March 2, 1866, San Francisco ended its era of volunteer-firefighters
and established its first ever paid fire department. San Francisco
was one of many cities to follow the countrywide trend of instituting
paid fire departments, after several fires devastated the city.
City officials had considered switching to a paid department
since the 1850’s, once they realized a better-funded,
more efficient fire department was necessary to protect a city
so prone to fire disasters.
The switch to a paid fire department
meant great changes in the daily life of a firefighter. Before
1866, firehouses were comparatively less organized and were
the center of the neighborhood’s social life. Since it
was an unpaid profession, volunteer firefighting was not well
respected; volunteers were prone to drinking and gambling, and
firehouses were popular, rambunctious social centers, filled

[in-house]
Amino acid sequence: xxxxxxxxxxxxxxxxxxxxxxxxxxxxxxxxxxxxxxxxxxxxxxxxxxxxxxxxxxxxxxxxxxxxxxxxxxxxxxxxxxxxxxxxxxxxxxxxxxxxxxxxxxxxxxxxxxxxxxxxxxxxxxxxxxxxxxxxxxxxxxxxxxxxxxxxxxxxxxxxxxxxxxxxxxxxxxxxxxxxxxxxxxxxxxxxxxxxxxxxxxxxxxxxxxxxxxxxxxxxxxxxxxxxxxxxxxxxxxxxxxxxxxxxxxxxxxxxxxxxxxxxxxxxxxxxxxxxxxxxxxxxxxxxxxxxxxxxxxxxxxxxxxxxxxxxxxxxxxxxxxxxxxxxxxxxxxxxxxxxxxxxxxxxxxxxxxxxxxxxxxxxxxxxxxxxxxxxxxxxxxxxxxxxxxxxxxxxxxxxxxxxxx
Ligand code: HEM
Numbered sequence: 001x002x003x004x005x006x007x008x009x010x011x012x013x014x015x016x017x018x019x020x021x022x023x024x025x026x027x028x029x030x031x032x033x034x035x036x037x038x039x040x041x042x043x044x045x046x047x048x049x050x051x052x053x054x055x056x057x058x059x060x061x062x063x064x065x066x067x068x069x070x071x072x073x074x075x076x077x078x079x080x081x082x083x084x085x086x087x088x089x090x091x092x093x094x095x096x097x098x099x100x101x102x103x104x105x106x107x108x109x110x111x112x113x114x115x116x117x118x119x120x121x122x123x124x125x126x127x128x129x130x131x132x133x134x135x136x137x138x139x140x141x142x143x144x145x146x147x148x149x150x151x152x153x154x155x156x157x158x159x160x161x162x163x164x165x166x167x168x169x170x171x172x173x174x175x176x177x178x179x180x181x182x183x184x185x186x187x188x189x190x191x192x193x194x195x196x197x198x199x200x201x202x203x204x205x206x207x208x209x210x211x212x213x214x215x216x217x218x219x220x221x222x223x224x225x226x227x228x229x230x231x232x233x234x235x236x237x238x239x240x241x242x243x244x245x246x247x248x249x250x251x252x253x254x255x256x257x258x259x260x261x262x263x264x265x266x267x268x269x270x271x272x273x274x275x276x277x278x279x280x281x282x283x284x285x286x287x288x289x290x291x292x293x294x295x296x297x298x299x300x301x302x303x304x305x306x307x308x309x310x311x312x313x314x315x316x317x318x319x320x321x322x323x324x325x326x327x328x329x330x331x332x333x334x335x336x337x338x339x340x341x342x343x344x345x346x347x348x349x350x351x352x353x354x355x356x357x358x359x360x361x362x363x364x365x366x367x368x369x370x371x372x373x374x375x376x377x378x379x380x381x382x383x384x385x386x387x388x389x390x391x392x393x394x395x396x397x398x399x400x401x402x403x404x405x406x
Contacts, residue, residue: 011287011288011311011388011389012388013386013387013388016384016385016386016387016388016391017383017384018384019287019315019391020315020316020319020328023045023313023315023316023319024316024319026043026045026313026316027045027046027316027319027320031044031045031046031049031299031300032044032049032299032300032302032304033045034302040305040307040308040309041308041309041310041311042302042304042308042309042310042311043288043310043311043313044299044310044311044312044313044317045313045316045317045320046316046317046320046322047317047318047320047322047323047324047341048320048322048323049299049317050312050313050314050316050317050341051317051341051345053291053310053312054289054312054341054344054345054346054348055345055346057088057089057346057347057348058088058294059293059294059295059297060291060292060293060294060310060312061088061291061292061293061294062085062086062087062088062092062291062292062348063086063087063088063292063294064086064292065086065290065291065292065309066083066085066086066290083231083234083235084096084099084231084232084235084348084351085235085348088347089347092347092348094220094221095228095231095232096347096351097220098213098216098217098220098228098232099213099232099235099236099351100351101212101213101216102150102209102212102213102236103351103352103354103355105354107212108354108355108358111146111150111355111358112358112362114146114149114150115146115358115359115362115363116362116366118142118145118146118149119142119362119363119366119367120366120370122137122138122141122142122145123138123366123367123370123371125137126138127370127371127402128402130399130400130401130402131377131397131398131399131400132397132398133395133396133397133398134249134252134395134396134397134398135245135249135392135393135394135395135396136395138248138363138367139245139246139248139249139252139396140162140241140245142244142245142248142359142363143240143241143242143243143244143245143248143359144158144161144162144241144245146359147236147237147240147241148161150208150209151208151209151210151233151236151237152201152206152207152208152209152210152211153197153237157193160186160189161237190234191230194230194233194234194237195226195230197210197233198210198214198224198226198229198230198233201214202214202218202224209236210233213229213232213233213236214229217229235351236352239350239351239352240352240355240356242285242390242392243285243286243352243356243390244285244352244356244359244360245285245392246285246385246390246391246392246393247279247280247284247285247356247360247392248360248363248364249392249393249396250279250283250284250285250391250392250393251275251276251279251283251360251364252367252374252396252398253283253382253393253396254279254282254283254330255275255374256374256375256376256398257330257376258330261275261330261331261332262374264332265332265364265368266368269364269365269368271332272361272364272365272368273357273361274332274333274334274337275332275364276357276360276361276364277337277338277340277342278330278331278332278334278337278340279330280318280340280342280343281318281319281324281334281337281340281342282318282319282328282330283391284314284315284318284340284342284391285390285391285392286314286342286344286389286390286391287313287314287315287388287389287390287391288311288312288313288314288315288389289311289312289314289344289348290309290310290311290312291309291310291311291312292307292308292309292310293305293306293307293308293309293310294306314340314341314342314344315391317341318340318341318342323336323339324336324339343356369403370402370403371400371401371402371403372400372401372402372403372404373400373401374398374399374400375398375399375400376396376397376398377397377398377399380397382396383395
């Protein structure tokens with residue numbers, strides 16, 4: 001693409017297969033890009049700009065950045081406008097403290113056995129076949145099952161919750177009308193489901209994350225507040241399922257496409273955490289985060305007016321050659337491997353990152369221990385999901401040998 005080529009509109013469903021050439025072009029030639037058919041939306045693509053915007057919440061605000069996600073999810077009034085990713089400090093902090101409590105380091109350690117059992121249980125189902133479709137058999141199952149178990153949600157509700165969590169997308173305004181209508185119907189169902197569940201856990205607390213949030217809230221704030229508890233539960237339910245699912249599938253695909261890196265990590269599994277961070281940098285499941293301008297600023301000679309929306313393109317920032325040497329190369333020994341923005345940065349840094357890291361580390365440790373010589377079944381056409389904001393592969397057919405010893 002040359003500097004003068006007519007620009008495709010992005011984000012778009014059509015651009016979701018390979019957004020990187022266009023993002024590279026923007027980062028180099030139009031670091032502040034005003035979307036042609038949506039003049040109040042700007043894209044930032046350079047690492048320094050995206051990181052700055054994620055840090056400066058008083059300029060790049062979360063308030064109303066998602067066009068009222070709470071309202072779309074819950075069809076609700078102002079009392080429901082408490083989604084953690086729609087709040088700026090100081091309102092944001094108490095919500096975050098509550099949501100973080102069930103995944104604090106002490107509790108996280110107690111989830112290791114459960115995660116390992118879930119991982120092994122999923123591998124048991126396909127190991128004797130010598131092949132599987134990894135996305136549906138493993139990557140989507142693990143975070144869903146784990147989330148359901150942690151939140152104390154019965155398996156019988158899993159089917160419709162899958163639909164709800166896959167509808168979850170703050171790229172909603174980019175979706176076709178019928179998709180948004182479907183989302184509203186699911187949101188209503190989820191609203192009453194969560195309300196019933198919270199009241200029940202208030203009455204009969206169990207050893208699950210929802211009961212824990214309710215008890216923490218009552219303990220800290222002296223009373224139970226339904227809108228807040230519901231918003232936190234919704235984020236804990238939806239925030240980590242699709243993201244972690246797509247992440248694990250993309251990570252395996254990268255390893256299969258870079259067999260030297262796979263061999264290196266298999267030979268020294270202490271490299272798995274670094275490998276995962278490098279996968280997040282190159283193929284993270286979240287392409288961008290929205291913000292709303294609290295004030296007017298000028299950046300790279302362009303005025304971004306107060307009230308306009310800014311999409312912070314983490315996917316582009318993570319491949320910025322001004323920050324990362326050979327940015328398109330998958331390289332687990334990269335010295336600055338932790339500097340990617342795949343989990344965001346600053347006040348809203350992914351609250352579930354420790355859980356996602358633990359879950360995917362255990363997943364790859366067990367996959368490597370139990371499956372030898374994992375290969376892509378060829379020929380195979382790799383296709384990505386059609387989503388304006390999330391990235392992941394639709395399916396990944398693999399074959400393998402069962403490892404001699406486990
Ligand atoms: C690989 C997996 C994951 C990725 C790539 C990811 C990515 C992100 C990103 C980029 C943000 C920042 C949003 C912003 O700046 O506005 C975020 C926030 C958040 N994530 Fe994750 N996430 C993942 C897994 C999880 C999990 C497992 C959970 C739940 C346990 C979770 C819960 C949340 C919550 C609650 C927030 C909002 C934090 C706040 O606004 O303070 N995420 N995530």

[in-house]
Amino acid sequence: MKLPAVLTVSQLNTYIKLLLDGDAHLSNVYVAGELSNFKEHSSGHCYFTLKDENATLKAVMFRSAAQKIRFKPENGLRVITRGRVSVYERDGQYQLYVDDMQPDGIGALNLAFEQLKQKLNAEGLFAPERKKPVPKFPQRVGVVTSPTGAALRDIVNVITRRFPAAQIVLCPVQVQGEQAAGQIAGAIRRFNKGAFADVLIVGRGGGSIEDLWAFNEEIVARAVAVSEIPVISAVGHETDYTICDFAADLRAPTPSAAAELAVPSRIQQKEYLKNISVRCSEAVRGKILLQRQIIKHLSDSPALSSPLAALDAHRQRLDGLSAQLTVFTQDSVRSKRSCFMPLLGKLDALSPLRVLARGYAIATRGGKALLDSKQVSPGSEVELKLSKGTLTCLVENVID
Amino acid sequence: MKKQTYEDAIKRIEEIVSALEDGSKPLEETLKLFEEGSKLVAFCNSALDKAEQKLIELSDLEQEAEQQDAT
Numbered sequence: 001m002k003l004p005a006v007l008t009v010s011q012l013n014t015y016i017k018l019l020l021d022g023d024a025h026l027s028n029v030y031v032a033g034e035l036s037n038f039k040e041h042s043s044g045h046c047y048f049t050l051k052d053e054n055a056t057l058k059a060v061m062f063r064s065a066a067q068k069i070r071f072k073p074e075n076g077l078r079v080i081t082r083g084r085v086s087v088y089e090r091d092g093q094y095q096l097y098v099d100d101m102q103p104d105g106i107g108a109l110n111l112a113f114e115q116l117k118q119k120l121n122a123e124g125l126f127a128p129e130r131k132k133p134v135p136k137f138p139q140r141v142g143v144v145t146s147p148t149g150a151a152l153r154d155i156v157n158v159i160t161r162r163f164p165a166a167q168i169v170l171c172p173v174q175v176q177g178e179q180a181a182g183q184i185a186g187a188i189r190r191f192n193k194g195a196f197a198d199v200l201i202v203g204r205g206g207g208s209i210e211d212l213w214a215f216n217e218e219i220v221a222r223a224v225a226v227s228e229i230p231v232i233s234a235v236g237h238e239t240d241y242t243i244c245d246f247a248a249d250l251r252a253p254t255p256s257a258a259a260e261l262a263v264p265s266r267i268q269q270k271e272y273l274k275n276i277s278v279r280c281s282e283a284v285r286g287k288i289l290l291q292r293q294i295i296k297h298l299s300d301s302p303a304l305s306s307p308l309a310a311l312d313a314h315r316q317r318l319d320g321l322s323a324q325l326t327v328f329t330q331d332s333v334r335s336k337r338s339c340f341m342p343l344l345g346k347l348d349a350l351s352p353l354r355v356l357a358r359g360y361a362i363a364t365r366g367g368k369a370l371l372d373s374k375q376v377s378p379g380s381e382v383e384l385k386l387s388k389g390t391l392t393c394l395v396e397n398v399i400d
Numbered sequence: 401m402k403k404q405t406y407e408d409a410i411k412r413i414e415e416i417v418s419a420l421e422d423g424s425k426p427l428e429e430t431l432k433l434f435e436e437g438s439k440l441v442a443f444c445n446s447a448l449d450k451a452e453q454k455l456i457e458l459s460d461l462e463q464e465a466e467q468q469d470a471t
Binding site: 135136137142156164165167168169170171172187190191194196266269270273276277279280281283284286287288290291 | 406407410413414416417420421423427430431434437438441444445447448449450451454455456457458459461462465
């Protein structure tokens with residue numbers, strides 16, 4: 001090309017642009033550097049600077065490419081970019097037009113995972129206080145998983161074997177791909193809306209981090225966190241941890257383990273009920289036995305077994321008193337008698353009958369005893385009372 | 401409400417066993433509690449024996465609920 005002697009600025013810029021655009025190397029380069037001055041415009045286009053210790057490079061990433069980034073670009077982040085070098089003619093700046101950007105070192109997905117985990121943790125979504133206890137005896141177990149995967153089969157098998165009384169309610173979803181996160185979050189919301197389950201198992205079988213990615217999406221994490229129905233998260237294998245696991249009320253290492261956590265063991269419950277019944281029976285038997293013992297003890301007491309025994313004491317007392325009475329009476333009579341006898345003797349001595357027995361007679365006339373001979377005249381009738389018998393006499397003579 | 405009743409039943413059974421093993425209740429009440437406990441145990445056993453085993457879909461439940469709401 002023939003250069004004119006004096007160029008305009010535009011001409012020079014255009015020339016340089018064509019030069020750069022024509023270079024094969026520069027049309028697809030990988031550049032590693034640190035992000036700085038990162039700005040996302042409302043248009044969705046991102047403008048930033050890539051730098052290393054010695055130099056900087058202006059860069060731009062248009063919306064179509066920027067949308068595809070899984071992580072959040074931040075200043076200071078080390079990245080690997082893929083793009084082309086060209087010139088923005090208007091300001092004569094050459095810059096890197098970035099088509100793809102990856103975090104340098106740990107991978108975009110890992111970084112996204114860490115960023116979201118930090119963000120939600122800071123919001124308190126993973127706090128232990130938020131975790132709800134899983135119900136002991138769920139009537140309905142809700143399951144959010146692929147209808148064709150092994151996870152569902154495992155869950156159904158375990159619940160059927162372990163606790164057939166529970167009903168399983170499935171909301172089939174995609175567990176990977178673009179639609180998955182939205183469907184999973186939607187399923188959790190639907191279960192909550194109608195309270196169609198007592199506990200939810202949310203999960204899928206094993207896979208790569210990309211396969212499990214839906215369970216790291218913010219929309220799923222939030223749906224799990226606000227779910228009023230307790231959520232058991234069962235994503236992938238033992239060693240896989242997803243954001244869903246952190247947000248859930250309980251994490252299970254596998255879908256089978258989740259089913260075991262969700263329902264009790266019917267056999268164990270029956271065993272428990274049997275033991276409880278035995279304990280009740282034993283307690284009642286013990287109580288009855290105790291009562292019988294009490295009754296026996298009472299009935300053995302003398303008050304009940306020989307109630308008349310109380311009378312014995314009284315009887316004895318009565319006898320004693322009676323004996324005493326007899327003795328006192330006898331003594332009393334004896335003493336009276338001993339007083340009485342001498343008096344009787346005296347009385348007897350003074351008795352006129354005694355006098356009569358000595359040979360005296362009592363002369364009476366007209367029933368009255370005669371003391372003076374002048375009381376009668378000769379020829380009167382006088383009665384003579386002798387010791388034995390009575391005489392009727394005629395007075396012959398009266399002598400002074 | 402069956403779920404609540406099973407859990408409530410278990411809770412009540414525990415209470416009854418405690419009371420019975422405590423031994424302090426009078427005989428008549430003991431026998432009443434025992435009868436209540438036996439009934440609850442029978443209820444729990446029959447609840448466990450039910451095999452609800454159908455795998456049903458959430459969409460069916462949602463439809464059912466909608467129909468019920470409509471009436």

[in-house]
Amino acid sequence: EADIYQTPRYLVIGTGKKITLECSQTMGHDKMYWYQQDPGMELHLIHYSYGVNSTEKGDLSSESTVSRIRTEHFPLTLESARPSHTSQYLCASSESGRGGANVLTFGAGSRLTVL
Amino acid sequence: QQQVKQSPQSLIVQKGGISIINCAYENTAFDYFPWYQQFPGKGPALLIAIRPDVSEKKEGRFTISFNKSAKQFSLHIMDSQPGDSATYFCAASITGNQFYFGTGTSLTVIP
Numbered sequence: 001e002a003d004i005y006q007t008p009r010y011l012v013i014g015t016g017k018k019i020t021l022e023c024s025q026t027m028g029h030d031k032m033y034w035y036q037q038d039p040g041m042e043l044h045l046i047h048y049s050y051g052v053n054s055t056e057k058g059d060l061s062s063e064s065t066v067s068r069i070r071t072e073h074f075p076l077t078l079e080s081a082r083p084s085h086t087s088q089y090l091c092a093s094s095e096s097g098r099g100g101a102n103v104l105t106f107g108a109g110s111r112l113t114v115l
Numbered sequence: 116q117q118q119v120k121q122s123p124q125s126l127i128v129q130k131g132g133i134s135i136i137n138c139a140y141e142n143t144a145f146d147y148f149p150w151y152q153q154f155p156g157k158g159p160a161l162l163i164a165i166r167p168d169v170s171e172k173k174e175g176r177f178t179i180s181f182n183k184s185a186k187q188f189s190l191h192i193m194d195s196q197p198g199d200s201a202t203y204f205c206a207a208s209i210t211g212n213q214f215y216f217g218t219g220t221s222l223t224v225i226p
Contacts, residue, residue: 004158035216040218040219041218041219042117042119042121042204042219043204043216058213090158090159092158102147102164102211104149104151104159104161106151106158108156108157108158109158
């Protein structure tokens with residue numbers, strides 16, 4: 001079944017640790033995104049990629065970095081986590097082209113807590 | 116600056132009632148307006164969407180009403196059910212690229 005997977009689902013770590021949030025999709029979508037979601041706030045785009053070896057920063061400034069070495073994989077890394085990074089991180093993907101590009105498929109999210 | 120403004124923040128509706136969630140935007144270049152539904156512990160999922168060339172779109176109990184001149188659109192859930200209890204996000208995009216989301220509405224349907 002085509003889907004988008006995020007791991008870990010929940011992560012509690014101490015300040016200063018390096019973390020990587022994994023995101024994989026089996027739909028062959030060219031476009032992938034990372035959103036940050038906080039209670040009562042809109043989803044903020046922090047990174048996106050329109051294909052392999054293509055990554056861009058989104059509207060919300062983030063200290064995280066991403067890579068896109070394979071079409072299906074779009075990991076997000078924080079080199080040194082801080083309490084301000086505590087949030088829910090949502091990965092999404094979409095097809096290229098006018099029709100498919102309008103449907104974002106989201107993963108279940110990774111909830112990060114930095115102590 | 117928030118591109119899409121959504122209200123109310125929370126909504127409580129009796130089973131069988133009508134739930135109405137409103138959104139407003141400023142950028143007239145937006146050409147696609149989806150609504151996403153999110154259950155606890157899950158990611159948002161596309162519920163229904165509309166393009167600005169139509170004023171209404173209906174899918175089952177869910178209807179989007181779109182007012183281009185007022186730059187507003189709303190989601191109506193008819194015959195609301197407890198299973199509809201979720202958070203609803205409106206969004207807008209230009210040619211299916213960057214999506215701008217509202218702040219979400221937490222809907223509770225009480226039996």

with parties and dances. However, once the department became
paid, it adopted paramilitary routines and practices, establishing
a tightly organized, efficient system in which each member of
the company served a distinctive, vital role. After the switch
to paid departments, horses, stables, engines and trucks stayed
on the bottom floor, while dormitories and recreation were now
confined to the second floor. Remnants of the jovial volunteer
era lived on nonetheless, in the camaraderie and sense of community
experienced between the men.